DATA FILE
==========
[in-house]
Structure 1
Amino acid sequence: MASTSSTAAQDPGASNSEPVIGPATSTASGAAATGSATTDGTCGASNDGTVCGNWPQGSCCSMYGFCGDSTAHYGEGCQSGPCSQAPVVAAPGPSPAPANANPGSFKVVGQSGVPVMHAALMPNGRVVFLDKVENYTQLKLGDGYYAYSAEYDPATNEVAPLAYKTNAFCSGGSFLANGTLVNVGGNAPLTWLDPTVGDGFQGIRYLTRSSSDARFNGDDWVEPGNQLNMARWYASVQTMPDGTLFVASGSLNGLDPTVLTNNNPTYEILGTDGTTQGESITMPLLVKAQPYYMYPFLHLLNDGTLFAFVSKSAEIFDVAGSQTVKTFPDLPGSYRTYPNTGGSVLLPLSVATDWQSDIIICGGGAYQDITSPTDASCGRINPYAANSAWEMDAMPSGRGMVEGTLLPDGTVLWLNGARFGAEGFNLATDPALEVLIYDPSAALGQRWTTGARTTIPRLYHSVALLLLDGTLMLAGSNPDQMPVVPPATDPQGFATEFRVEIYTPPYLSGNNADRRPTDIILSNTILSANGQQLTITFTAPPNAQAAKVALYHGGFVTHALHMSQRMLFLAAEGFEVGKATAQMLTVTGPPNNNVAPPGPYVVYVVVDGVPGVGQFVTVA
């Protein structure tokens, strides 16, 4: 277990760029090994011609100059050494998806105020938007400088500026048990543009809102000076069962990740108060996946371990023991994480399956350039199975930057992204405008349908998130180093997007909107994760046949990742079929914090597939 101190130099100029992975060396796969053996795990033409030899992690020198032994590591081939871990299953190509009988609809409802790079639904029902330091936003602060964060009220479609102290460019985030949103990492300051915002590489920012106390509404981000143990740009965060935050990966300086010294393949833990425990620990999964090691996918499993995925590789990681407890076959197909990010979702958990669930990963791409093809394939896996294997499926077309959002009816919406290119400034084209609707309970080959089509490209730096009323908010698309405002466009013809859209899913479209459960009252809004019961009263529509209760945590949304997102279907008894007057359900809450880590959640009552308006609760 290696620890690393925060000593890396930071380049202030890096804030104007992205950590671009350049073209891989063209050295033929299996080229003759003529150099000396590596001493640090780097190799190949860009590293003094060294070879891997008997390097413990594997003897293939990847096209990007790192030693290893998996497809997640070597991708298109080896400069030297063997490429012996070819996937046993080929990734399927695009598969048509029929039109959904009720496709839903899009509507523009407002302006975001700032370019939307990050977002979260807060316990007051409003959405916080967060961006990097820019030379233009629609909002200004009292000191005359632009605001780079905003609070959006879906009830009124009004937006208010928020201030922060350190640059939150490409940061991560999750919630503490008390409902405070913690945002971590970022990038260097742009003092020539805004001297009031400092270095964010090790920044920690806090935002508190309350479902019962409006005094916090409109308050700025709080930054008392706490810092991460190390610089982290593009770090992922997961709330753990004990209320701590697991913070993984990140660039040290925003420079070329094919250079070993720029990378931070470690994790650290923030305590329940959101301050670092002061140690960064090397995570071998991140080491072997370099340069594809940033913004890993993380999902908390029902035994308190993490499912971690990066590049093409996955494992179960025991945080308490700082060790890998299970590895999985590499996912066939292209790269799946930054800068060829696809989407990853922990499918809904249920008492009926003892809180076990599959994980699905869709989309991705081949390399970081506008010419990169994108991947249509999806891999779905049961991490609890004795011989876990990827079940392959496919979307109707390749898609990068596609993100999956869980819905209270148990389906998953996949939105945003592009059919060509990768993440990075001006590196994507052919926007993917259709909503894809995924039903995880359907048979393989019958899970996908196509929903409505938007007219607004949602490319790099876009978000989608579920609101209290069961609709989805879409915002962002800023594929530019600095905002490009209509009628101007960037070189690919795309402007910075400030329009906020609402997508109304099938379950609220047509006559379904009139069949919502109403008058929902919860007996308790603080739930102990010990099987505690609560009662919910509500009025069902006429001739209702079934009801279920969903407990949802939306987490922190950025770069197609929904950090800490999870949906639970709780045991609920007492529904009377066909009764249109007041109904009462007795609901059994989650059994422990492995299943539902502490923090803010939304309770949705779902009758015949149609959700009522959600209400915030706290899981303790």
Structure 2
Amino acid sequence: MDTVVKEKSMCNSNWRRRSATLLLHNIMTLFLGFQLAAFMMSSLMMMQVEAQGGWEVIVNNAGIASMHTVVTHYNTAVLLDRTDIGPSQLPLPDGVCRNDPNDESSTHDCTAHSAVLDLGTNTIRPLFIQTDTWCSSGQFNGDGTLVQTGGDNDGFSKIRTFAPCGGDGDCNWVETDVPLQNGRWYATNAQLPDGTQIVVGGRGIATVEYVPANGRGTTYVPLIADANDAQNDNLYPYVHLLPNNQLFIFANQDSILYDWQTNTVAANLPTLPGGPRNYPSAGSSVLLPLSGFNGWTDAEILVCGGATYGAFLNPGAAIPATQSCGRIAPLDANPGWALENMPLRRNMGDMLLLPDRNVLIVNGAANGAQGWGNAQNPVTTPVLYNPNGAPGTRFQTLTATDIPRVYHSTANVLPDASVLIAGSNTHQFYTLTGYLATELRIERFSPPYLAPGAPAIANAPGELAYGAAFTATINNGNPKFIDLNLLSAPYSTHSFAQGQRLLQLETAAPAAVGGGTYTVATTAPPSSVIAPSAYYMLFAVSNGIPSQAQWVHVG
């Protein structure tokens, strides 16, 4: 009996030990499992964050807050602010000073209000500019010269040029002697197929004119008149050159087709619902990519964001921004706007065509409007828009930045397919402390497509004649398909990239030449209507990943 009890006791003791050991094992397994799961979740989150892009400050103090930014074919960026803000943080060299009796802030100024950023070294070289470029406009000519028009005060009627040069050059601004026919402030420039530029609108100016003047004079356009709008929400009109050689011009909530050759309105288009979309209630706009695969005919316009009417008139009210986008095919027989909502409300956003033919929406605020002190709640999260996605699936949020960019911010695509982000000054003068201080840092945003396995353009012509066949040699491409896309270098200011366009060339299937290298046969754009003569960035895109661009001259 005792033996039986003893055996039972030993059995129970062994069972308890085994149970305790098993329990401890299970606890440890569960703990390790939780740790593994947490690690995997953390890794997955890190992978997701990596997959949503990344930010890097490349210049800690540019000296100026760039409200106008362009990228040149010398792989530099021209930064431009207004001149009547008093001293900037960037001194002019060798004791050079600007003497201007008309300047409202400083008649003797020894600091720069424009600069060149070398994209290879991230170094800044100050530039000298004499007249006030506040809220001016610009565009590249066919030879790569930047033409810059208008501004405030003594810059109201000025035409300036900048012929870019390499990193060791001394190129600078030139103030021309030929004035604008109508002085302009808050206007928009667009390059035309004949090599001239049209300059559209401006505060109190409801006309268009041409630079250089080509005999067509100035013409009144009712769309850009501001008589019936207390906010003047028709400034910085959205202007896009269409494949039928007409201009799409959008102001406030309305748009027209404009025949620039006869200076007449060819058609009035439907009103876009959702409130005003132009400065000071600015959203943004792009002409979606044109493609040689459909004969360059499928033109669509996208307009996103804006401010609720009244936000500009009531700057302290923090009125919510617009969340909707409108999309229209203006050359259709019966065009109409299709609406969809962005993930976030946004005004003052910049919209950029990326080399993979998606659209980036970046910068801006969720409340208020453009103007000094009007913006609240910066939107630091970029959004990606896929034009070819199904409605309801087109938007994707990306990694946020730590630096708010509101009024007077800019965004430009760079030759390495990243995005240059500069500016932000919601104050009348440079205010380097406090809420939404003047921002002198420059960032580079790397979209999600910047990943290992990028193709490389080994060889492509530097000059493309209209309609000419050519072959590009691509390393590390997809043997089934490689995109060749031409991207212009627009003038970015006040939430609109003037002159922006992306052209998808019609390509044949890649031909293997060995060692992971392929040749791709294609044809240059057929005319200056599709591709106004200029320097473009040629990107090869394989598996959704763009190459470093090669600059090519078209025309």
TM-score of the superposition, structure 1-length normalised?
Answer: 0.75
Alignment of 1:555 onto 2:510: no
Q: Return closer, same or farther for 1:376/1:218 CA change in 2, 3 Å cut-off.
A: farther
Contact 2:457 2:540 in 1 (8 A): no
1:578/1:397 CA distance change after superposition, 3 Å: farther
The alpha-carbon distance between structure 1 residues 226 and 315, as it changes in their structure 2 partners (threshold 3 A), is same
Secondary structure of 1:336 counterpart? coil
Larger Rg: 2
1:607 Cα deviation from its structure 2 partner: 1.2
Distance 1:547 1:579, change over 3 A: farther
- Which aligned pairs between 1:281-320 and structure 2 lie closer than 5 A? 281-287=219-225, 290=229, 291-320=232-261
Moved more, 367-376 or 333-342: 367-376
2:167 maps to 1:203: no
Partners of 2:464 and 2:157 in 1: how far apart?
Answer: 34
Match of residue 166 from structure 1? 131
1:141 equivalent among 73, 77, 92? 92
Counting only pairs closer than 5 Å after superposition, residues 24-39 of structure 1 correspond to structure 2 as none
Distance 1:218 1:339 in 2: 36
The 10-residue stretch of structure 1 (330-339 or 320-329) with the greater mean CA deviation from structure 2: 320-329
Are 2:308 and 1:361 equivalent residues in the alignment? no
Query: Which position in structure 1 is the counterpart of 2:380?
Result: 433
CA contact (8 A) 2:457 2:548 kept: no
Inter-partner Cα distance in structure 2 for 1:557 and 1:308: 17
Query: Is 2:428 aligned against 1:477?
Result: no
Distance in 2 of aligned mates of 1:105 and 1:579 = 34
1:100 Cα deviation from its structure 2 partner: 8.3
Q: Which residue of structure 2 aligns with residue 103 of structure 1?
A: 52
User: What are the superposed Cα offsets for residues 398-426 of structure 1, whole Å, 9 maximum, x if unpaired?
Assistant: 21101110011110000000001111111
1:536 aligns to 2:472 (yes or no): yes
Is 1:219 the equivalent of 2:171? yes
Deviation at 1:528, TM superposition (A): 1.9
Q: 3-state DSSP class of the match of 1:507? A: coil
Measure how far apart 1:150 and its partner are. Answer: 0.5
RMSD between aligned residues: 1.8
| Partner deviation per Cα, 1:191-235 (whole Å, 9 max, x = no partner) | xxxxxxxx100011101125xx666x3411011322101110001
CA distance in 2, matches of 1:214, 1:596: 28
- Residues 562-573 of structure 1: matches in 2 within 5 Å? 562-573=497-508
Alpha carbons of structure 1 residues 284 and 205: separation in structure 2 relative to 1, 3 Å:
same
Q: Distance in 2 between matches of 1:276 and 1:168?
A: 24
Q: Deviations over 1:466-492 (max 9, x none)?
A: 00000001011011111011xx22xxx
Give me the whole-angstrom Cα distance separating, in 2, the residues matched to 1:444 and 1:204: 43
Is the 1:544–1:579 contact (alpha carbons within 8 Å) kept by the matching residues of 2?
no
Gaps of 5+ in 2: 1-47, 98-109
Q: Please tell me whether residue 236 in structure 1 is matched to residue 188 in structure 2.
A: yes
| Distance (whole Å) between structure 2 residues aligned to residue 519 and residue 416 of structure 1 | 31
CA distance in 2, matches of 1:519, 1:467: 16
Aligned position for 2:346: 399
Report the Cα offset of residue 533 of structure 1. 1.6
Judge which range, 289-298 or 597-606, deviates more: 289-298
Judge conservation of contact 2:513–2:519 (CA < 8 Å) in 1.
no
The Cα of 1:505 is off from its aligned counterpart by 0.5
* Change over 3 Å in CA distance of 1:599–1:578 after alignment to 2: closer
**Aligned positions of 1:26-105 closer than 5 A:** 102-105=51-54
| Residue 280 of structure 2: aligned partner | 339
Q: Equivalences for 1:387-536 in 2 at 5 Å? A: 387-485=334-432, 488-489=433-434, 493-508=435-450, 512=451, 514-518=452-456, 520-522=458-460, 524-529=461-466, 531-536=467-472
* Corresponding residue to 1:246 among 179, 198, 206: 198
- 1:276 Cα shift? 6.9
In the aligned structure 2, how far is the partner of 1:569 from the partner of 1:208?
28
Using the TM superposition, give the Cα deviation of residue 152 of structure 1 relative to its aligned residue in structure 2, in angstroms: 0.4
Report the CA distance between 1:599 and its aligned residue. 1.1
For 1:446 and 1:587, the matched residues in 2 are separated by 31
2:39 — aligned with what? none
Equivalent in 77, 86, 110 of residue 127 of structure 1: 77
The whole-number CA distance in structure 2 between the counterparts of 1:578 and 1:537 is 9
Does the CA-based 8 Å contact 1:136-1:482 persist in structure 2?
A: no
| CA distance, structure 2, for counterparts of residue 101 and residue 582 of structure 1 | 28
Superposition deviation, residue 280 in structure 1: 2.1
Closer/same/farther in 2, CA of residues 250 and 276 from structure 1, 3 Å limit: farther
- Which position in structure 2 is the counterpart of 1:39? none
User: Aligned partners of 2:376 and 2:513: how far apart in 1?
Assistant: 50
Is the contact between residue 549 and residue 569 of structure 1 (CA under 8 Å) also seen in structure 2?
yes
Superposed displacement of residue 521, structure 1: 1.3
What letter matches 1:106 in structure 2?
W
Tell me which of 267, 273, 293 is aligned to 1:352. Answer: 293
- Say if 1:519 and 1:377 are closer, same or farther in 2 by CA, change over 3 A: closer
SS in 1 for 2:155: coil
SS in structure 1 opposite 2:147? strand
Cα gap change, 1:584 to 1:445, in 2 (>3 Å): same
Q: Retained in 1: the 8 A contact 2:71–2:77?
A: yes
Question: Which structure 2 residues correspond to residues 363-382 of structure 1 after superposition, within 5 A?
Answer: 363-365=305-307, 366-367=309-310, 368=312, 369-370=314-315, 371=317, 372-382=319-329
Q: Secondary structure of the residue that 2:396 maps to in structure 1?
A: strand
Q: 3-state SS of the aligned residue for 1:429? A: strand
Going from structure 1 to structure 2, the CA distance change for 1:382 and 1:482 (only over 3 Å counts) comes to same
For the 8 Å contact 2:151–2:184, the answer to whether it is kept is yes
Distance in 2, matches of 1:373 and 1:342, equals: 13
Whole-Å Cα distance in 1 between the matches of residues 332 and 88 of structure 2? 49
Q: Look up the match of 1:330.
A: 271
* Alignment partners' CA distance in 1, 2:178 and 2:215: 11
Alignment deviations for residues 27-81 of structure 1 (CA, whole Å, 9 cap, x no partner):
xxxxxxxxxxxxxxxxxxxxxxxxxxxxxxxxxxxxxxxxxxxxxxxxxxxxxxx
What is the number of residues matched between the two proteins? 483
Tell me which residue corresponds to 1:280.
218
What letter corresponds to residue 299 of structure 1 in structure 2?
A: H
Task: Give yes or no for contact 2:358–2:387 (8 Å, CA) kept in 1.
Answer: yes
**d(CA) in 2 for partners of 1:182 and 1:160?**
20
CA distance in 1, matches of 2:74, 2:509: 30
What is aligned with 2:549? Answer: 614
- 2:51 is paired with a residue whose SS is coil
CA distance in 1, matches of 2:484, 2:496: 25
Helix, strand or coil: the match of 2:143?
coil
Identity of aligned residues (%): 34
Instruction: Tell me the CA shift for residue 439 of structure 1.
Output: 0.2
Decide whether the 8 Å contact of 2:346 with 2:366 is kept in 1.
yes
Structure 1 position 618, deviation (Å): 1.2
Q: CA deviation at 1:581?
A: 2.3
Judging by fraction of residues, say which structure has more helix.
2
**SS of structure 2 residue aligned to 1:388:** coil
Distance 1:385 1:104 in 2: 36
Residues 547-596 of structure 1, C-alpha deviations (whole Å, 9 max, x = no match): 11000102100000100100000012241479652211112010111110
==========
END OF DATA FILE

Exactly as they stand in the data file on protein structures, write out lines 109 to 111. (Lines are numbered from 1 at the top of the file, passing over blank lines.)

A: strand
Q: 3-state SS of the aligned residue for 1:429? A: strand
Going from structure 1 to structure 2, the CA distance change for 1:382 and 1:482 (only over 3 Å counts) comes to same